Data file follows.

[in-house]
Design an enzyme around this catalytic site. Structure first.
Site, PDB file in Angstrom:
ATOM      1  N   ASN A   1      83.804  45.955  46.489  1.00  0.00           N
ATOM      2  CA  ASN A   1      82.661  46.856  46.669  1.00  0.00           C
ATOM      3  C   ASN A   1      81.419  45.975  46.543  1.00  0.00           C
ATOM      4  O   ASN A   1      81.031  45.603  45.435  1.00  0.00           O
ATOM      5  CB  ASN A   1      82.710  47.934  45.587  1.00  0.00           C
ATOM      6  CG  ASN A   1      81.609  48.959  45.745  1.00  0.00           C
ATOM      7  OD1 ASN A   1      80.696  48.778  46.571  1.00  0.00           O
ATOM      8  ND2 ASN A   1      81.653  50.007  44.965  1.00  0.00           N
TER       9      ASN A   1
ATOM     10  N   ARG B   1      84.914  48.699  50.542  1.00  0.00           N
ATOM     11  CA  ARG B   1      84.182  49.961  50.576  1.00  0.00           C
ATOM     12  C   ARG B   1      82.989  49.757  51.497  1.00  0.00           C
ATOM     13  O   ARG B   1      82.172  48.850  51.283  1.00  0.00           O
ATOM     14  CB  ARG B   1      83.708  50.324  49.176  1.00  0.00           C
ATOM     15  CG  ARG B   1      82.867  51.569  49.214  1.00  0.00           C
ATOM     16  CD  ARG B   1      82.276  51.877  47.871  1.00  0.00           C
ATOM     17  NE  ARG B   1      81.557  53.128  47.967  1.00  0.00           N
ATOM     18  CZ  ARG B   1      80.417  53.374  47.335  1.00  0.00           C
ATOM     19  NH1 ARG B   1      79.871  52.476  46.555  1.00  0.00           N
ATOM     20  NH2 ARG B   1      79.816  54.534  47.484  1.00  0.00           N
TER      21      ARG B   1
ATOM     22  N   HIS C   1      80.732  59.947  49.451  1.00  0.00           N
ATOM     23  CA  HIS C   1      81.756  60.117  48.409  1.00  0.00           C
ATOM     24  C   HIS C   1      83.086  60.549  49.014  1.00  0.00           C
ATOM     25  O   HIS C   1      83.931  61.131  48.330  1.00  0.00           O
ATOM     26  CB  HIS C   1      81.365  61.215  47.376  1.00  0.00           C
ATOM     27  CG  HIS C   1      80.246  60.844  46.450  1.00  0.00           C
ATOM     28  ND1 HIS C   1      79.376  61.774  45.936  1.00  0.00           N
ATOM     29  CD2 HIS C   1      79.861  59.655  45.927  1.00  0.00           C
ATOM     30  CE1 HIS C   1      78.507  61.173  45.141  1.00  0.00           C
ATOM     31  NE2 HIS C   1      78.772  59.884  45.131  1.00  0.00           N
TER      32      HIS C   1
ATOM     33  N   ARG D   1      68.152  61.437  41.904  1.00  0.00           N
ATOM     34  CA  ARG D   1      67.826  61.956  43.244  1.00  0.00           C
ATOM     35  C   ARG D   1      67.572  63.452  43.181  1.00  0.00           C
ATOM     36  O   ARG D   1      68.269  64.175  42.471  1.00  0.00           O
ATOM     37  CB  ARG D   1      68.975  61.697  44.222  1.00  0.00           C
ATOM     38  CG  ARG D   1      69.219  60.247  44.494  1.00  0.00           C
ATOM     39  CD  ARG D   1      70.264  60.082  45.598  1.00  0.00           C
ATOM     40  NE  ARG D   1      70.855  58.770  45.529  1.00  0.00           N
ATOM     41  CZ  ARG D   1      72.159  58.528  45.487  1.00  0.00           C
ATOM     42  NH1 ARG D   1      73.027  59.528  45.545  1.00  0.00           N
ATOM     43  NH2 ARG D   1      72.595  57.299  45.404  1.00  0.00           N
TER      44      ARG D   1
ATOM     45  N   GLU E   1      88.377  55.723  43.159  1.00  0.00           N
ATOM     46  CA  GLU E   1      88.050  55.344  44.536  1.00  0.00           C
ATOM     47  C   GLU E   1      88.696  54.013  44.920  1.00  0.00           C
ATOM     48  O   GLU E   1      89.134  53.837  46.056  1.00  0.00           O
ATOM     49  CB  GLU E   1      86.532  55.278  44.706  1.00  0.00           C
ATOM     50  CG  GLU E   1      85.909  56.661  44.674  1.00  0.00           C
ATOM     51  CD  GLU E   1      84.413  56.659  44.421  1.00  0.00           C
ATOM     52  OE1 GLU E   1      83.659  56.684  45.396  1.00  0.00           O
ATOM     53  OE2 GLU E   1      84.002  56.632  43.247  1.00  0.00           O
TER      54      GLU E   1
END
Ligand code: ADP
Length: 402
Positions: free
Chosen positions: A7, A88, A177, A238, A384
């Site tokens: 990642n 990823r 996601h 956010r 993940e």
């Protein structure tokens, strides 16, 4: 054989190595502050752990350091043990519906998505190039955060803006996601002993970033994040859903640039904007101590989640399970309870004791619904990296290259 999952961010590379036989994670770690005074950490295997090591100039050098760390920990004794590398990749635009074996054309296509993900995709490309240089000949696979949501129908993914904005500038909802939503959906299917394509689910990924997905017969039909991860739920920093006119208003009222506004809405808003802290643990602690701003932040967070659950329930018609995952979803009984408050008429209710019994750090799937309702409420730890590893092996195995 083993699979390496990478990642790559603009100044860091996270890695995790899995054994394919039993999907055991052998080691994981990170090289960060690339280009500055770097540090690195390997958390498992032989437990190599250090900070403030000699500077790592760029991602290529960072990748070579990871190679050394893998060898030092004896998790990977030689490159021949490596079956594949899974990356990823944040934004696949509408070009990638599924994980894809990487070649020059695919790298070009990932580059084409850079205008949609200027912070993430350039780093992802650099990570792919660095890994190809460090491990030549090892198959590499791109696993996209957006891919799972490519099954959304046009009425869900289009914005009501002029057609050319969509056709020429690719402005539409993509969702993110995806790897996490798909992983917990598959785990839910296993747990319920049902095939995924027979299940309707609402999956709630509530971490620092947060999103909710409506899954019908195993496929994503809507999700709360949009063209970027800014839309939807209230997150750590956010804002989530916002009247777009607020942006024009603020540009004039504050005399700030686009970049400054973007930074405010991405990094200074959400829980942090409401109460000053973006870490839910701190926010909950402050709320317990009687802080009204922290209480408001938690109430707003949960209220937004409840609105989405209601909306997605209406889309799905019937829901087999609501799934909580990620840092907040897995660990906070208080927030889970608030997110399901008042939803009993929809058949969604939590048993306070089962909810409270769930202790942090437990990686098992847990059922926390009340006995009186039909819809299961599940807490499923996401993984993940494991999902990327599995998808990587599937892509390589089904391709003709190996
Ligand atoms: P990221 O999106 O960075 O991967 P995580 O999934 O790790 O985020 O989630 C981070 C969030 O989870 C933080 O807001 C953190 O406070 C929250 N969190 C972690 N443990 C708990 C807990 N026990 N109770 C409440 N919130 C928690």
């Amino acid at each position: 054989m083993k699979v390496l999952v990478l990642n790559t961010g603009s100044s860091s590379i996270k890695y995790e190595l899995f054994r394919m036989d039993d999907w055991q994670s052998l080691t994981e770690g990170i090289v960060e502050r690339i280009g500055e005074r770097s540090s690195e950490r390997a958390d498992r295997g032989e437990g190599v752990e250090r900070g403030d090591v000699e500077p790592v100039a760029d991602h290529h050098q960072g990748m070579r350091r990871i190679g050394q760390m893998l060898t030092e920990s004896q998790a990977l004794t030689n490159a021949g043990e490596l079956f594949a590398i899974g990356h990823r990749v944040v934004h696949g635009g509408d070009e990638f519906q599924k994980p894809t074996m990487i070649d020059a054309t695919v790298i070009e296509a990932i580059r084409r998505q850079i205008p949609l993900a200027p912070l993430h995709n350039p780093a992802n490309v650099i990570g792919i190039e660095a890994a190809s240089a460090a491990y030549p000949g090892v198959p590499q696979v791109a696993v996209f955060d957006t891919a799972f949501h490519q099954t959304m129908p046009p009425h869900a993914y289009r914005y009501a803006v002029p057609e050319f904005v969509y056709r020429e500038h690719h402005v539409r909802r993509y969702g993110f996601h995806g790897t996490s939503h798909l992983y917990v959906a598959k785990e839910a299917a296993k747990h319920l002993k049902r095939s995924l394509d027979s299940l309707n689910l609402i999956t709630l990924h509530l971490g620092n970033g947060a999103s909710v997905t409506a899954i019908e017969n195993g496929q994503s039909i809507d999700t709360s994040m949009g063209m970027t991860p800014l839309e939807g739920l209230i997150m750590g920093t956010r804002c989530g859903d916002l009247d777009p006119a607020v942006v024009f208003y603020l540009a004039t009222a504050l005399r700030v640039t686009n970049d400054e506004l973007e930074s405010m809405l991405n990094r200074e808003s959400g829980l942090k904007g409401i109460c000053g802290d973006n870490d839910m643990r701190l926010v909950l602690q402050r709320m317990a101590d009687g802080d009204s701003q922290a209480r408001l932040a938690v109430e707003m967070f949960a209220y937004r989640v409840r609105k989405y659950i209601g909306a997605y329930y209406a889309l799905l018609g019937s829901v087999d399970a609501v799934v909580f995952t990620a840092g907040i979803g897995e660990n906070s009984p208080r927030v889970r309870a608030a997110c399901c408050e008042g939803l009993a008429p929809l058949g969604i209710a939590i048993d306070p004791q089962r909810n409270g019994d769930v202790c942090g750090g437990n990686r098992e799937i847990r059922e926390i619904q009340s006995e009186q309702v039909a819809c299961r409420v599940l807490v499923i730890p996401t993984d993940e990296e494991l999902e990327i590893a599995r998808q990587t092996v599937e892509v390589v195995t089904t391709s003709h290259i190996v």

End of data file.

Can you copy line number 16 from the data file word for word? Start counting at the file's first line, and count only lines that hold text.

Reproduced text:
ATOM     13  O   ARG B   1      82.172  48.850  51.283  1.00  0.00           O